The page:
Tuesday, May 24, 2011

Bel-Air Dead

In Stuart Wood's Bel-Air Dead, there is something comforting in finding what you're looking for. It is liking putting on a comfortable slipper to slide into the head of lawyer, Stone Barrington, beginning with a Knob Creek bourbon and schmoozing with the regulars in Elaine's Restaurant (with a dedication to the late Elaine Kaufman, who loved writers and famous people) in New York City.  Naturally, there's murder involved, new private jets, people with lots of money buying new stuff and spending lots of their money. Escapism works for me--I can't relate to any of that stuff. I am vicariously rich.

He solves the murders, gets a new partnership, and lots more money. What more could a reader want in 300 pages? Stone Barrington has more unsafe sex and we try to overlook their disregard for the obvious. So why do I keep reading this pulp fiction? I know what to expect and I don't have to worry about some vulnerable creature getting offed in a frightening way or a twisted mind torturing someone. It's plain, old-fashioned greed and lust for power. I need to know how the rich and famous spend their lives so I can know what to avoid when I win the lottery. I can deal with that.

It's a business/legal drama, minus the courtroom. Stone isn't really a courtroom lawyer, he's a deal maker.  His buddy and cop friend, Dino Bacchetti comes along for the ride to Bel-Air so Stone has someone to talk to and to advance the plot. Stone needs someone else with a gun too, so they can do double dates and solve murders with fellow cops in faraway places. It makes gathering information so much cozier when there is a friend on a police force across the country who can provide just the clues needed to solve murders and unravel suspicious connections. Other old acquaintances from past books pop in to update the reader on the current state of their lives or to suggest plots for their next editions. I don't think this will be the last of the Stone Barrington, et all, adventures.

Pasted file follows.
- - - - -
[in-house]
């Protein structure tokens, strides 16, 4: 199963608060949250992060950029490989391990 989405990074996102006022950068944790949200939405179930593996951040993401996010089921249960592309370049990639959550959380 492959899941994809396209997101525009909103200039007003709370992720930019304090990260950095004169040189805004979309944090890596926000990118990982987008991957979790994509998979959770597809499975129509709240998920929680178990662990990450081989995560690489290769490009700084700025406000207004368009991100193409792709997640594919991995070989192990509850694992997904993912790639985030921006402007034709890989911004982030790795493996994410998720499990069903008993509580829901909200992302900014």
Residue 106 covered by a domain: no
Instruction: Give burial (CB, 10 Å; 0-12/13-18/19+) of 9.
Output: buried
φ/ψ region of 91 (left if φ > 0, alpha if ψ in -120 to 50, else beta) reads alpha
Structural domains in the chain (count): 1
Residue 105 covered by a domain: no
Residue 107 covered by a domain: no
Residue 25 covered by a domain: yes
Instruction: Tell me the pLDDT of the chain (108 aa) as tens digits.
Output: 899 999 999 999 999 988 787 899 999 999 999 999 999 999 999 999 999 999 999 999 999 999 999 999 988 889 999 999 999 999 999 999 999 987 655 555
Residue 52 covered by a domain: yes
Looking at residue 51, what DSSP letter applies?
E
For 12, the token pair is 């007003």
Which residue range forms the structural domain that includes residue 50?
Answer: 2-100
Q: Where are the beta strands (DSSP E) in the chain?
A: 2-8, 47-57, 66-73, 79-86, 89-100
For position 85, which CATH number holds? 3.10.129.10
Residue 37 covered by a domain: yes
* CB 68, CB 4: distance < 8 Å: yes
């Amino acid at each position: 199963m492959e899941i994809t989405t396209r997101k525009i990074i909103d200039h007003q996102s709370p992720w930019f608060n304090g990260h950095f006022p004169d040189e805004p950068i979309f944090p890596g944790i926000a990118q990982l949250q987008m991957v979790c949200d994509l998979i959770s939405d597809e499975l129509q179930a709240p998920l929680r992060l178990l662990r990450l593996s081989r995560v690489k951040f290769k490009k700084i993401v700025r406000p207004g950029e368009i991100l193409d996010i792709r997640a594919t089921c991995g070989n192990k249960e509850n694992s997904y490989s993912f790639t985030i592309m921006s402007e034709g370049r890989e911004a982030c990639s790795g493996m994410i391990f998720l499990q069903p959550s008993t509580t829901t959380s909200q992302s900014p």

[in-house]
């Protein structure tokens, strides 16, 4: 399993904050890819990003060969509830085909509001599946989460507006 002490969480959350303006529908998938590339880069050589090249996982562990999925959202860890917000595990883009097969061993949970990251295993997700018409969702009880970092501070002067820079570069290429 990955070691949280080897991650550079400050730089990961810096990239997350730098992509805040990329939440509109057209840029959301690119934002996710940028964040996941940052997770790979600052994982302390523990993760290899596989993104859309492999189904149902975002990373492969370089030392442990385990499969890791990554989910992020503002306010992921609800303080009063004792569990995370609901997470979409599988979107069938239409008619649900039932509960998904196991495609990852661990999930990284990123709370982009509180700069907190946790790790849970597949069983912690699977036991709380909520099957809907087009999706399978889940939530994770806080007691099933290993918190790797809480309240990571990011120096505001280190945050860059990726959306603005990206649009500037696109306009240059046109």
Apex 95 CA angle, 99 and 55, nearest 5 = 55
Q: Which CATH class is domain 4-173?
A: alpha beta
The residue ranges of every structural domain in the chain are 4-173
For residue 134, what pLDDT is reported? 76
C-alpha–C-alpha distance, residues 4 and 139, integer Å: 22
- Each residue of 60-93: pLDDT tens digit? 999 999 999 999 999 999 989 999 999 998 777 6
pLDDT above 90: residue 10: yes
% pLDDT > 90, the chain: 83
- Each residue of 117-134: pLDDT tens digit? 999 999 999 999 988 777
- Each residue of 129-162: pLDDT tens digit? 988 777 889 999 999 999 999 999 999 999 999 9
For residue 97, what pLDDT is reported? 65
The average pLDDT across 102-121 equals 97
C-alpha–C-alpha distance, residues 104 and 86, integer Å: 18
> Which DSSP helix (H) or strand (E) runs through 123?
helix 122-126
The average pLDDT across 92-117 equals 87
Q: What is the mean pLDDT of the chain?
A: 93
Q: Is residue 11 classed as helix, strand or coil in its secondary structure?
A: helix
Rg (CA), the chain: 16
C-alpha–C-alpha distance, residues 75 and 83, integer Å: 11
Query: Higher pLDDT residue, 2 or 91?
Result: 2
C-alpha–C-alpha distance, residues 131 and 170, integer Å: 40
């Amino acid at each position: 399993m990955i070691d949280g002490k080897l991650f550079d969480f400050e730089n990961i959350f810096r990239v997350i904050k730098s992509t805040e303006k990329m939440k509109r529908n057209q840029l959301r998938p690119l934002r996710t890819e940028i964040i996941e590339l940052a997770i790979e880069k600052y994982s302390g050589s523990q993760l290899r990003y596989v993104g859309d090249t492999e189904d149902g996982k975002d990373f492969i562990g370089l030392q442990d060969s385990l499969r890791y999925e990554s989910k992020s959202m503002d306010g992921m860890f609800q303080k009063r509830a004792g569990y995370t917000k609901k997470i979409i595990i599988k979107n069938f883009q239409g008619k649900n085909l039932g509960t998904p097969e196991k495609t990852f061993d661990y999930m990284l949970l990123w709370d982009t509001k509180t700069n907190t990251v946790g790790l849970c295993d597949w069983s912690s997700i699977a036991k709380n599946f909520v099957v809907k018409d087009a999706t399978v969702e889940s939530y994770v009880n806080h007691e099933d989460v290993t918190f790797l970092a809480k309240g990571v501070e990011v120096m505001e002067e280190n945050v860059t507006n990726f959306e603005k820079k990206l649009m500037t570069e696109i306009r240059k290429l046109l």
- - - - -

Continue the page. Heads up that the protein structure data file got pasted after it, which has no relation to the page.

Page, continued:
The buying and selling of houses, properties, jets, companies and throwing around of vast sums of money at a dizzying pace keeps the reader moving so fast that it is a quick read. It's really  great stuff for a beach read between dips in the water and the afternoon nap. Stuart Woods can keep 'em coming 'cause I'm not tired of them yet.


  1. Not my type of read, but you certainly make it sound intriguing. At least a little bit. I have three books I'm working on sitting on my table, and I have no time to finish them! What happened to all the time I thought I would have in retirement? :-)

  2. I enjoy mysteries and have some favorite authors. You make this sound fun and I like your throwing in your own tidbits.